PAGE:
Chapter 35 Surgery for Locally Advanced Thyroid Cancer
Thyroid cancer incidence appears to be rising in the United States, where approximately 45,000 new patients are expected to be diagnosed in 2011.1 Thyroid cancer rates have quadrupled since the 1980s, although the majority of this increase appears to be directly related to early diagnosis from incidental findings of thyroid nodules and microcarcinomas during routine imaging studies or clinical examinations.2 It is likely that the majority of these tumors would have remained silent and thus not recognized for some time. Most incidentalomas noted today are microcarcinomas, and most of these patients do remarkably well—the overall survival in this group of patients exceeds 98%. There is also a clear trend showing a rising incidence of thyroid cancer in women. Interestingly, mortality rates from thyroid cancer have not changed since the 1980s. Approximately 1500 patients succumb to this disease yearly in the United States.1 The majority of these deaths are related to anaplastic thyroid cancer, medullary thyroid cancer, or a high-grade and high-risk differentiated thyroid carcinoma, particularly in elderly individuals. The general concepts on management of thyroid cancer have essentially remained the same since the 1960s. This includes thyroid lobectomy or total thyroidectomy, with or without radioactive iodine ablation and thyroid suppression. Our recent understanding of thyroid cancer and its prognostic factors have generated considerable debate about the necessary extent of thyroidectomy, whether thyroid lobectomy or total thyroidectomy.3–9 However, it is important to recognize that in the low-risk thyroid cancer patients, the prognosis and the outcome are so good that this controversy regarding the extent of thyroidectomy will continue to be an academic debate.
Thyroid cancer is a unique human neoplasm, quite different from other human cancers such as breast, lung, or pancreatic cancers. The majority of patients with thyroid cancer do remarkably well, and the small minority are well recognized with high-risk thyroid cancer right from the outset or from the time of recurrent thyroid cancer.7 Our understanding of thyroid cancer has improved remarkably since the 1980s with detailed analysis of prognostic factors and risk group analysis (see chapter 21, Dynamic Risk Group Analysis for Differentiated Thyroid Cancer). The prognostic factors in well-differentiated thyroid cancer have been identified as age, grade of the tumor, extrathyroid extension, size of the tumor, and distant metastases. Other factors such as gender, lymph node metastases and histology have a minimal impact on long-term outcome. Risk group stratification is extremely important to provide the best optimal treatment, and at Memorial Sloan-Kettering Cancer Center, patients are divided into low-, intermediate-, and high-risk groups (see Chapters 18, Papillary Thyroid Cancer, 19, Papillary Thyroid Microcarcinoma, 20, Follicular Thyroid Cancer, and 21, Dynamic Risk Group Analysis for Differentiated Thyroid Cancer).6,9 In the low-risk group, survival is higher than 98% and the role of adjuvant therapy is minimal. In the intermediate- and high-risk groups, appropriate and adequate surgery includes excision of all gross tumor, followed by radioactive iodine ablation in selected patients (see Chapters 50, Postoperative Management of Differentiated Thyroid Cancer, and 51, Postoperative Radioactive Iodine Ablation and Treatment of Differentiated Thyroid Cancer). The role of external radiation therapy remains unclear at this time, except in high-risk patients or where surgical resection was not satisfactory (see Chapter 52, External Beam Radiotherapy for Thyroid Malignancy). The prognostic factors are well known and described by the Mayo Clinic (MACIS), Lahey Clinic (AMES), and Memorial Sloan-Kettering Cancer Center (GAMES). There are many publications regarding prognostic factors in thyroid cancer, and a consensus has been established on risk group stratification and prognostic factors all around the world.7,8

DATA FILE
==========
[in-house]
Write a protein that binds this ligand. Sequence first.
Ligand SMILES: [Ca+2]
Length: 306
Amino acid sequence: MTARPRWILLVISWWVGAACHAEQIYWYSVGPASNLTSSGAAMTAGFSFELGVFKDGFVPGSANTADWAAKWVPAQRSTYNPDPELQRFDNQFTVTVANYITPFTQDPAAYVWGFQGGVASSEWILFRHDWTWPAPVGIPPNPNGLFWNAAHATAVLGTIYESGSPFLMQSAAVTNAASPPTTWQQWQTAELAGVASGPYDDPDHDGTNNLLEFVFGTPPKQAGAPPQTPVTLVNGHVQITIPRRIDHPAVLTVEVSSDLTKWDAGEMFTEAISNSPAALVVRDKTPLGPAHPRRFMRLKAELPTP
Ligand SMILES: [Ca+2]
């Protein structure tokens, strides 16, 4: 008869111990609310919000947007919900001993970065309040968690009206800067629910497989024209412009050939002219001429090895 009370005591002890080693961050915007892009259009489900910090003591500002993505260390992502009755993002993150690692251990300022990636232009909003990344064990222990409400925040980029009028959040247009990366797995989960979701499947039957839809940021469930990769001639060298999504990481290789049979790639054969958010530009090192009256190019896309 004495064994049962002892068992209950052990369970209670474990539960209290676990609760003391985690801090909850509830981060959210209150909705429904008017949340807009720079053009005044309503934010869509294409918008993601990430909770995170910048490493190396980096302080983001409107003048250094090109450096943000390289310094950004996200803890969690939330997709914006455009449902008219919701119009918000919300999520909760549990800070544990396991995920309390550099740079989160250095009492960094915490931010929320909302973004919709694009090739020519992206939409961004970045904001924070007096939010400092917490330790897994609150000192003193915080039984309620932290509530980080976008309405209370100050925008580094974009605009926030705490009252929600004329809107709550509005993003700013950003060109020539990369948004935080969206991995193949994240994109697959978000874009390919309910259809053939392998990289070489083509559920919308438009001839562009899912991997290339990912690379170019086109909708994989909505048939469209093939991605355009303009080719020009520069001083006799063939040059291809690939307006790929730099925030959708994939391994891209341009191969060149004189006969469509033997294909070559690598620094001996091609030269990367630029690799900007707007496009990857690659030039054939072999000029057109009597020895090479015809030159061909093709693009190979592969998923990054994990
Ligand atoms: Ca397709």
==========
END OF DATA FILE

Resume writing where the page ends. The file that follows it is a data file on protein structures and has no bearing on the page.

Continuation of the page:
Thyroid cancer continues to have the best cancer treatment outcome. Most patients continue to enjoy a normal life after appropriate treatment of well-differentiated thyroid carcinoma. However, thyroid disease does include papillary and follicular thyroid cancers, which have the best outcomes, as well as anaplastic thyroid carcinoma, with the worst outcome. It is also interesting to note that thyroid cancer is a continuum of diseases. It appears that disease progresses from papillary to tall cell, to insular, to poorly differentiated thyroid carcinoma, and finally to the cancer with the most lethal outcome, anaplastic thyroid carcinoma. Molecular biology has clearly demonstrated the molecular changes at each level, from the normal follicular cell of the thyroid to the development of follicular adenoma, follicular carcinoma, aggressive thyroid cancer, and anaplastic thyroid cancer. Understanding these molecular changes is crucial to recognize the clinical behavior of thyroid cancer, the progression of thyroid cancer from well differentiated to anaplastic thyroid carcinoma, and the development of targeted therapy based on molecular targets (see Chapter 17, Molecular Pathogenesis of Thyroid Neoplasia). This progression model has also helped us recognize that radioactive iodine ablation works best in well-differentiated thyroid carcinoma, although this treatment has little impact on high-grade tumors. Since the 1990s, we have also documented the importance of the positron emission tomography (PET) scan in the follow-up of patients with poorly differentiated thyroid carcinoma, where PET positivity is high.10 This is important in the follow-up of locally aggressive thyroid cancer or high-risk thyroid cancer for recurrent disease in the thyroid bed, the neck, or distant regions.